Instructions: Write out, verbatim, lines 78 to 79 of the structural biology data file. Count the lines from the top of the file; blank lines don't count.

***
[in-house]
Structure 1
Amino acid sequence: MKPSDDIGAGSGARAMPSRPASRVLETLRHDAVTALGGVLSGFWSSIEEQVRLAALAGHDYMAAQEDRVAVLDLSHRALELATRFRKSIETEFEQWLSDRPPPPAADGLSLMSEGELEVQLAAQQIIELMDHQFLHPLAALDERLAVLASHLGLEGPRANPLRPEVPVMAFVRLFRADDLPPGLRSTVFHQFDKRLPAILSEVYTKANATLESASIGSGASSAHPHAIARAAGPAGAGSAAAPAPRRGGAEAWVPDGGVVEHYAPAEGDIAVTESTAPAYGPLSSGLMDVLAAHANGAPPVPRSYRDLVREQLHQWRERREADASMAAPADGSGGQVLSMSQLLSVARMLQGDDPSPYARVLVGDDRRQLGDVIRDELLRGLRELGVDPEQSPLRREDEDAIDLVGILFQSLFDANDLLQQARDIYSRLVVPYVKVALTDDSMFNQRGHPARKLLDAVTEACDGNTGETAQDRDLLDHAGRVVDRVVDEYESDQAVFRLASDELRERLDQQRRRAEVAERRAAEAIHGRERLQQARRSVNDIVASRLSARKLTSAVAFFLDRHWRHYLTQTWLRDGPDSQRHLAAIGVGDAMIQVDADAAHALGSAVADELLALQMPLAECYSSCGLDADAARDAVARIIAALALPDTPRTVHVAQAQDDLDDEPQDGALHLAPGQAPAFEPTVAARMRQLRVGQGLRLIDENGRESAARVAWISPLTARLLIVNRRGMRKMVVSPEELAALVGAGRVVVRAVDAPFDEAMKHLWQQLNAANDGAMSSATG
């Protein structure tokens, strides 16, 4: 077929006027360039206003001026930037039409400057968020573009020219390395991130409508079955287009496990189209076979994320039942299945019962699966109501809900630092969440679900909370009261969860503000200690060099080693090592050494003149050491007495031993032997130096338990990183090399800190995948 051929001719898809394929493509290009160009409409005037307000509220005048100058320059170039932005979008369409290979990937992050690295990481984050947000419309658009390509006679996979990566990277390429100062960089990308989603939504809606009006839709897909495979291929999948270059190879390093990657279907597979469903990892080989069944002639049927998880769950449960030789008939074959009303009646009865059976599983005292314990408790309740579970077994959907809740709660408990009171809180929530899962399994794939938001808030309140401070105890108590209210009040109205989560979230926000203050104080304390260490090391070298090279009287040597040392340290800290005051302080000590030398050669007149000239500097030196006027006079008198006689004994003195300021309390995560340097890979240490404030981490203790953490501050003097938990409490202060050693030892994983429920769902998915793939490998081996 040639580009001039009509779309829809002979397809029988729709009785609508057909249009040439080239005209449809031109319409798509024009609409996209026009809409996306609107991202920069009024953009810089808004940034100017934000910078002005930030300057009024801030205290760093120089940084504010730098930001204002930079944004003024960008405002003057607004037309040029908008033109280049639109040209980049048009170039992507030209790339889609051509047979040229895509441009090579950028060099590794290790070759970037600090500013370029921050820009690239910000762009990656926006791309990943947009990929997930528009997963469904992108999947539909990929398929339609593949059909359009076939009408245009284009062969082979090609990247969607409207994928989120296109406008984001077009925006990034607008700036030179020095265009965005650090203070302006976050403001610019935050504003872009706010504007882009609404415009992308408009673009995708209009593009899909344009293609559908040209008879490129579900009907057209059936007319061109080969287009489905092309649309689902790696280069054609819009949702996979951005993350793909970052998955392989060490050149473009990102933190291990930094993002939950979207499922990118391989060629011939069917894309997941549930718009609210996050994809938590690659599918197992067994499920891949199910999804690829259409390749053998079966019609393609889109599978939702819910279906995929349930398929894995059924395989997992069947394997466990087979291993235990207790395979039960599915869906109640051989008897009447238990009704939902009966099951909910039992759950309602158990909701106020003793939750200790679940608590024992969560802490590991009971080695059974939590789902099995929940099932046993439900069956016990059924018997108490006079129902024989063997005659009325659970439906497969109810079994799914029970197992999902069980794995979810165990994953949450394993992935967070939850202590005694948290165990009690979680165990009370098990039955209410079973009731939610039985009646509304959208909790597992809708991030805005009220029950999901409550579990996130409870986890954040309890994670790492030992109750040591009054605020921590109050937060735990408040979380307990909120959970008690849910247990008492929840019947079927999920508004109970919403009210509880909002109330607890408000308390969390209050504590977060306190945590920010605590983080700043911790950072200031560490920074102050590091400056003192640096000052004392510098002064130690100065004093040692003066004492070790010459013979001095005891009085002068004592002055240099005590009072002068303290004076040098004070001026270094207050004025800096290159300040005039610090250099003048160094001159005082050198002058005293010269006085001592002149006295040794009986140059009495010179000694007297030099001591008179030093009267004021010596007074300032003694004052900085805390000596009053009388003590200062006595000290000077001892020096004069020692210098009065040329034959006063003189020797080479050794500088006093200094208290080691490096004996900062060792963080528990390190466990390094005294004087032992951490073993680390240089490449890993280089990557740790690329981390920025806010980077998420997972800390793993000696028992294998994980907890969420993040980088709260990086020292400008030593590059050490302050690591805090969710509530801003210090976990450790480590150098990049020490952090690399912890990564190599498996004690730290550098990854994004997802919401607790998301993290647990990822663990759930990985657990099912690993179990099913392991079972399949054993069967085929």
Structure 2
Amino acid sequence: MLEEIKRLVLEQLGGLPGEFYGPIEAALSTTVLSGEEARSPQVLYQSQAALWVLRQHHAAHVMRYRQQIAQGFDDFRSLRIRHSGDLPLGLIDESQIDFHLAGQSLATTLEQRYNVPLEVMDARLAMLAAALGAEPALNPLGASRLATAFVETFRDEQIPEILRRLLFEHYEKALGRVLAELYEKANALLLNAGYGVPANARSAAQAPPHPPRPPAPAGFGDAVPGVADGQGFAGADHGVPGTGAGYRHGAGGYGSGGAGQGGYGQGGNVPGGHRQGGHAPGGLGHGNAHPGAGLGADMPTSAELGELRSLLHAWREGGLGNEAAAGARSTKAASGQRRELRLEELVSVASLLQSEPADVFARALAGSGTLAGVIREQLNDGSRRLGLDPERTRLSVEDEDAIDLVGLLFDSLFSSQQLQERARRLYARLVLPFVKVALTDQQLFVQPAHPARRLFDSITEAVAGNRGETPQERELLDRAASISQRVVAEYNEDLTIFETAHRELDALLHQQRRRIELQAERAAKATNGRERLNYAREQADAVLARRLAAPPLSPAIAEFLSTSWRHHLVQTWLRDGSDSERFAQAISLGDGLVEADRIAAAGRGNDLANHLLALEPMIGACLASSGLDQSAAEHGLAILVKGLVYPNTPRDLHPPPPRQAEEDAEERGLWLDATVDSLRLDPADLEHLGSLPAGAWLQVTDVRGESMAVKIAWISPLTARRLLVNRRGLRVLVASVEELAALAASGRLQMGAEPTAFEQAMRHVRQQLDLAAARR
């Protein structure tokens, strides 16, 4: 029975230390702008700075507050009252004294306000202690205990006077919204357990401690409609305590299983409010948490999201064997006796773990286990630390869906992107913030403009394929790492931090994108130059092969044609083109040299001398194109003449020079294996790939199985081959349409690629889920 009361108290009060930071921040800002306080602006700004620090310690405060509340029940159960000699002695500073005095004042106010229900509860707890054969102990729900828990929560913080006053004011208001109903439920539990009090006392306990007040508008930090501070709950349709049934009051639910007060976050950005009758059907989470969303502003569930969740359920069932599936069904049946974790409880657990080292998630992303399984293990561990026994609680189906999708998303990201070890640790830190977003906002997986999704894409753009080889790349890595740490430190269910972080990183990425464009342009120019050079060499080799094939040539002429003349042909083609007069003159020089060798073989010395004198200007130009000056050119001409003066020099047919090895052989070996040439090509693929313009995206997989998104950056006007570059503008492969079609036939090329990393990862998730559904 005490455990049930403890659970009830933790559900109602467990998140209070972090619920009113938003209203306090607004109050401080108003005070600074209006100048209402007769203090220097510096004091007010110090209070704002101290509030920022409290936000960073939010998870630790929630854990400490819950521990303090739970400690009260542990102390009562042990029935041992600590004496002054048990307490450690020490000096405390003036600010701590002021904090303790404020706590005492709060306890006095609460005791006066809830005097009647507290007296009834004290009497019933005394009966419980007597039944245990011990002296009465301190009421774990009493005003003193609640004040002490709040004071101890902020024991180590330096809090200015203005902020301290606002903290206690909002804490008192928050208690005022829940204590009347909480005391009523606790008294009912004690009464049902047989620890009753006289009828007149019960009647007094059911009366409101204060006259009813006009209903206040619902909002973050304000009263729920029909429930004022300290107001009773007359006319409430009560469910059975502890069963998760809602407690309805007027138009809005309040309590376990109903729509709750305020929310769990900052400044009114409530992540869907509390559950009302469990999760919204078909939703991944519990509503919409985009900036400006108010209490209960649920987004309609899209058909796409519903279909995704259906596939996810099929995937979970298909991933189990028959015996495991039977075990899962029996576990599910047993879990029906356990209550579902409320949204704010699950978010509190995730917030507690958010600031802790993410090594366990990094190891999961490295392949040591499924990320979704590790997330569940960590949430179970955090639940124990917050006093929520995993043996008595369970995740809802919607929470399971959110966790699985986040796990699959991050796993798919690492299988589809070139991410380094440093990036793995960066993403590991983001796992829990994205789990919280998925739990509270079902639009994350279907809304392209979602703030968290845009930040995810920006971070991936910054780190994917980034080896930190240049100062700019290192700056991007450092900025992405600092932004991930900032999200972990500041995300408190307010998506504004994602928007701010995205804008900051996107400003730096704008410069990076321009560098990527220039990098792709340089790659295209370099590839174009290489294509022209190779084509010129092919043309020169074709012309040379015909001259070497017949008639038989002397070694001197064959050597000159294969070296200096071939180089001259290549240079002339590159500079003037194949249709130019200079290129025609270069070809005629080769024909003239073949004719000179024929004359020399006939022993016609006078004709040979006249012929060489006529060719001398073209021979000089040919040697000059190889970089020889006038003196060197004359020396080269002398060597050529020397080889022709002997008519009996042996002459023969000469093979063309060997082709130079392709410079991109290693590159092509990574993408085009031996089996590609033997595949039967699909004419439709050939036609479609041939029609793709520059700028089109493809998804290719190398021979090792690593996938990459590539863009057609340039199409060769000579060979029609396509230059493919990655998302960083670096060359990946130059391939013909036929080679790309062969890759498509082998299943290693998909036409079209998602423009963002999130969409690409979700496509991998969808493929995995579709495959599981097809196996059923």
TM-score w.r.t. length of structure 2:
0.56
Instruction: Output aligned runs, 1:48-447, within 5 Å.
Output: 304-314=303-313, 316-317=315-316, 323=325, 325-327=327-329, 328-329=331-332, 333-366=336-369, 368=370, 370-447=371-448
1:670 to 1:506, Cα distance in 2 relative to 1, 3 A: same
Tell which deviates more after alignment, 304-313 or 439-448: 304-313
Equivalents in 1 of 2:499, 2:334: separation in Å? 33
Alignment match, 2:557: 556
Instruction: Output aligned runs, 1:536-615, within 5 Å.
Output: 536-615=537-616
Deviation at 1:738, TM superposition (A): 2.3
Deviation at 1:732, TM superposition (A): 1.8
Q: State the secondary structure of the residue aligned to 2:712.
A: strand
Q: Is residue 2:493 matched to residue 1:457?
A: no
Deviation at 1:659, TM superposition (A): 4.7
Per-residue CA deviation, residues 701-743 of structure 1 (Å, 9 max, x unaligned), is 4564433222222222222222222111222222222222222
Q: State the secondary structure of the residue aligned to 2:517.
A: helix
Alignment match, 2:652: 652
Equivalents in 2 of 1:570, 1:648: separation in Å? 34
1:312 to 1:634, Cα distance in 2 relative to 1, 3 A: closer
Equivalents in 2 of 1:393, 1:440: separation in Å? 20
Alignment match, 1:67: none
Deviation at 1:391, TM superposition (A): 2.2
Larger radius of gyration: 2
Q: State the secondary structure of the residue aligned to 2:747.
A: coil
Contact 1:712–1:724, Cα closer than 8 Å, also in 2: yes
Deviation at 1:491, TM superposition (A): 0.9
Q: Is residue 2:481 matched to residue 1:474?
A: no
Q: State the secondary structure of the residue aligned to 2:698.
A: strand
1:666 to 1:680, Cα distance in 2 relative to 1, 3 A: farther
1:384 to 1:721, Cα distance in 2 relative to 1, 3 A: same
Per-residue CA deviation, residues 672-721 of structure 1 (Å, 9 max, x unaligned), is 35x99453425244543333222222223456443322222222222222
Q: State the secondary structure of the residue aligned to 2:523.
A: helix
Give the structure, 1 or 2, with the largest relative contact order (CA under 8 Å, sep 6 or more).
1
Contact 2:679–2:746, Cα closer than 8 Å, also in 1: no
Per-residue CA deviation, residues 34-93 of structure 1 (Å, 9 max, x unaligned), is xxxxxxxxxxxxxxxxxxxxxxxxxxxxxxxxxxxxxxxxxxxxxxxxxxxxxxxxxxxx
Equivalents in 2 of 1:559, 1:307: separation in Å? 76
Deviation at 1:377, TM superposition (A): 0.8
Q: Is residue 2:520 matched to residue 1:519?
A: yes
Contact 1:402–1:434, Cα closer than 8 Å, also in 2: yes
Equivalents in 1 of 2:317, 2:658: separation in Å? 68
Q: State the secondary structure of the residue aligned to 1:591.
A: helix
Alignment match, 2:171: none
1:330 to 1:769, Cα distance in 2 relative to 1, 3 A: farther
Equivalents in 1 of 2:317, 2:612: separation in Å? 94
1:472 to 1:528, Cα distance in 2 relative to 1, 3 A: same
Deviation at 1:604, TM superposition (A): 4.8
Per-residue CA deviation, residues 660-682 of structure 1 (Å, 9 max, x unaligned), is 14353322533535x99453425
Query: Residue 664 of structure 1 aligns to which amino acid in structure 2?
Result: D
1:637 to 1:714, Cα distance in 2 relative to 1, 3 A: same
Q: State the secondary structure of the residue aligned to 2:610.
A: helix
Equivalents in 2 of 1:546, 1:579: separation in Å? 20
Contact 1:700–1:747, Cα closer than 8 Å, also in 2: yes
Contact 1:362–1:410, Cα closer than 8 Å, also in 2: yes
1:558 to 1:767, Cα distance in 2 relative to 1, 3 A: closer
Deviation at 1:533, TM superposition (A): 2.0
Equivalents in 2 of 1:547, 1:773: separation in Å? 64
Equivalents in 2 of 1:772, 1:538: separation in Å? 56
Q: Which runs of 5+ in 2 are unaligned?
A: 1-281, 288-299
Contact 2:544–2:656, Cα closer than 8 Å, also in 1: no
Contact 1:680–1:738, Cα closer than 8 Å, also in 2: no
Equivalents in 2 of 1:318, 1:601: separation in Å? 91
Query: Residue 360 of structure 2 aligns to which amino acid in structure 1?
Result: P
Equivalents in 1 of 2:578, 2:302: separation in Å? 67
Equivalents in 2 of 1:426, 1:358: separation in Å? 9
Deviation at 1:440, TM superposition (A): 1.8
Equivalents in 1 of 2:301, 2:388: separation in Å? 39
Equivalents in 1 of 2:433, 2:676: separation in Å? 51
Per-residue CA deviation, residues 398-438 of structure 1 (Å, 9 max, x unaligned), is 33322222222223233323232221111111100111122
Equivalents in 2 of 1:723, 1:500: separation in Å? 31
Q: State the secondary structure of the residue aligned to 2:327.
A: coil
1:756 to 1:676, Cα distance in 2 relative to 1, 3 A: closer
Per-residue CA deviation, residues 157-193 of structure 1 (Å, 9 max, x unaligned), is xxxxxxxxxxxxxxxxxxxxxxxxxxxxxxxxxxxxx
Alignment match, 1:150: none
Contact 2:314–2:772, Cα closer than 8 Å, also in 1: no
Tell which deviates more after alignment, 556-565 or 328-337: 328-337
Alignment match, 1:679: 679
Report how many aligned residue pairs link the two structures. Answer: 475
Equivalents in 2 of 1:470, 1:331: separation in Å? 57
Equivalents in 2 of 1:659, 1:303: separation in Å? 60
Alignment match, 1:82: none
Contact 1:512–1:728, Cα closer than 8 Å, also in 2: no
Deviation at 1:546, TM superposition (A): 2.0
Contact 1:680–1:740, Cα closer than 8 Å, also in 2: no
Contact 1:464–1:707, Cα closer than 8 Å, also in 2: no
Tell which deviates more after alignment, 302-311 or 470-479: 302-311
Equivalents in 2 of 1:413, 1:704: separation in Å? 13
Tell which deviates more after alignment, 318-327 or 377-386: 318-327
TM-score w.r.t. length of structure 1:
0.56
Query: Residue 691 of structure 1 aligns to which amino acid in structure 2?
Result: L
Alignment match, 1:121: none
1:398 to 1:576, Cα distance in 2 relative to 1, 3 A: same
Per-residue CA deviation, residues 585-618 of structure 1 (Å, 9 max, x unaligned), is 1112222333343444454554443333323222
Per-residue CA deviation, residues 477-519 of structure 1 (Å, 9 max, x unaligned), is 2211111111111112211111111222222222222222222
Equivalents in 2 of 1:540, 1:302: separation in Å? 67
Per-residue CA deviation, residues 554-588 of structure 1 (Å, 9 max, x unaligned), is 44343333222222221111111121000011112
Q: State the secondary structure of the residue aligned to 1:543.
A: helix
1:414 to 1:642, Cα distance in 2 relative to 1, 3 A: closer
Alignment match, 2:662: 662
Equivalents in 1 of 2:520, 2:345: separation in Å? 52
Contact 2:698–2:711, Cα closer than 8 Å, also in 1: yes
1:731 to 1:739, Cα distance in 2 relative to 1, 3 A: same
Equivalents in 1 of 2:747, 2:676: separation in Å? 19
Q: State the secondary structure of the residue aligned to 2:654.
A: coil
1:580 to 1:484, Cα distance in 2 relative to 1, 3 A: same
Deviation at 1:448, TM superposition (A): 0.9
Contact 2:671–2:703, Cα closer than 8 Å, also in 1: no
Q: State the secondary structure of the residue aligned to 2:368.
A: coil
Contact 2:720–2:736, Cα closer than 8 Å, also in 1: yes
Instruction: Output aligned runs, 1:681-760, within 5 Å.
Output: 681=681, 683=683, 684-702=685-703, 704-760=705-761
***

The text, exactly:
Q: Which runs of 5+ in 2 are unaligned?
A: 1-281, 288-299